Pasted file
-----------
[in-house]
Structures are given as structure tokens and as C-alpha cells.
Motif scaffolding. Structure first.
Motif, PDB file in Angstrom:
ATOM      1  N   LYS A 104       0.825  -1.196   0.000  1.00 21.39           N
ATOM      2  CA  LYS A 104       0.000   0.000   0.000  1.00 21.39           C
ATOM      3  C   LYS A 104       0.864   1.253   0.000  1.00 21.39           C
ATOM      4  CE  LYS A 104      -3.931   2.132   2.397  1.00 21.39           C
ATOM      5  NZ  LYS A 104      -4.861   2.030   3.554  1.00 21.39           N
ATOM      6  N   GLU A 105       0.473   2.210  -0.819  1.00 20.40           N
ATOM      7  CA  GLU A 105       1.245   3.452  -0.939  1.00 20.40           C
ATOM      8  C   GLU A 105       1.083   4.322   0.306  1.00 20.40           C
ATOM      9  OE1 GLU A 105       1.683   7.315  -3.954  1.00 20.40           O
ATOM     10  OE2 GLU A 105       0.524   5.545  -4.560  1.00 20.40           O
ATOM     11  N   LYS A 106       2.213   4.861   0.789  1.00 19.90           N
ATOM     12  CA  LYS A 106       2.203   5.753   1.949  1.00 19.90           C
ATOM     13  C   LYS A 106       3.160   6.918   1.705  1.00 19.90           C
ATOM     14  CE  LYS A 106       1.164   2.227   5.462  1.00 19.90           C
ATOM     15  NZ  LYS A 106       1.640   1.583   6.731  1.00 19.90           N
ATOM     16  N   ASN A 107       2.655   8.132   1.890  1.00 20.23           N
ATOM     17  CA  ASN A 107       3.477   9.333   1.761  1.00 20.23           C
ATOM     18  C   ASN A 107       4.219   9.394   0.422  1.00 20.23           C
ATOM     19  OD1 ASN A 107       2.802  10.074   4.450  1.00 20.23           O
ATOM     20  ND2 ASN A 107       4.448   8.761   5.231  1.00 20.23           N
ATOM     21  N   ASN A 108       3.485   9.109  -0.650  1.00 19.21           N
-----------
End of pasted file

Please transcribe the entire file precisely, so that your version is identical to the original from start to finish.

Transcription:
[in-house]
Structures are given as structure tokens and as C-alpha cells.
Motif scaffolding. Structure first.
Motif, PDB file in Angstrom:
ATOM      1  N   LYS A 104       0.825  -1.196   0.000  1.00 21.39           N
ATOM      2  CA  LYS A 104       0.000   0.000   0.000  1.00 21.39           C
ATOM      3  C   LYS A 104       0.864   1.253   0.000  1.00 21.39           C
ATOM      4  CE  LYS A 104      -3.931   2.132   2.397  1.00 21.39           C
ATOM      5  NZ  LYS A 104      -4.861   2.030   3.554  1.00 21.39           N
ATOM      6  N   GLU A 105       0.473   2.210  -0.819  1.00 20.40           N
ATOM      7  CA  GLU A 105       1.245   3.452  -0.939  1.00 20.40           C
ATOM      8  C   GLU A 105       1.083   4.322   0.306  1.00 20.40           C
ATOM      9  OE1 GLU A 105       1.683   7.315  -3.954  1.00 20.40           O
ATOM     10  OE2 GLU A 105       0.524   5.545  -4.560  1.00 20.40           O
ATOM     11  N   LYS A 106       2.213   4.861   0.789  1.00 19.90           N
ATOM     12  CA  LYS A 106       2.203   5.753   1.949  1.00 19.90           C
ATOM     13  C   LYS A 106       3.160   6.918   1.705  1.00 19.90           C
ATOM     14  CE  LYS A 106       1.164   2.227   5.462  1.00 19.90           C
ATOM     15  NZ  LYS A 106       1.640   1.583   6.731  1.00 19.90           N
ATOM     16  N   ASN A 107       2.655   8.132   1.890  1.00 20.23           N
ATOM     17  CA  ASN A 107       3.477   9.333   1.761  1.00 20.23           C
ATOM     18  C   ASN A 107       4.219   9.394   0.422  1.00 20.23           C
ATOM     19  OD1 ASN A 107       2.802  10.074   4.450  1.00 20.23           O
ATOM     20  ND2 ASN A 107       4.448   8.761   5.231  1.00 20.23           N
ATOM     21  N   ASN A 108       3.485   9.109  -0.650  1.00 19.21           N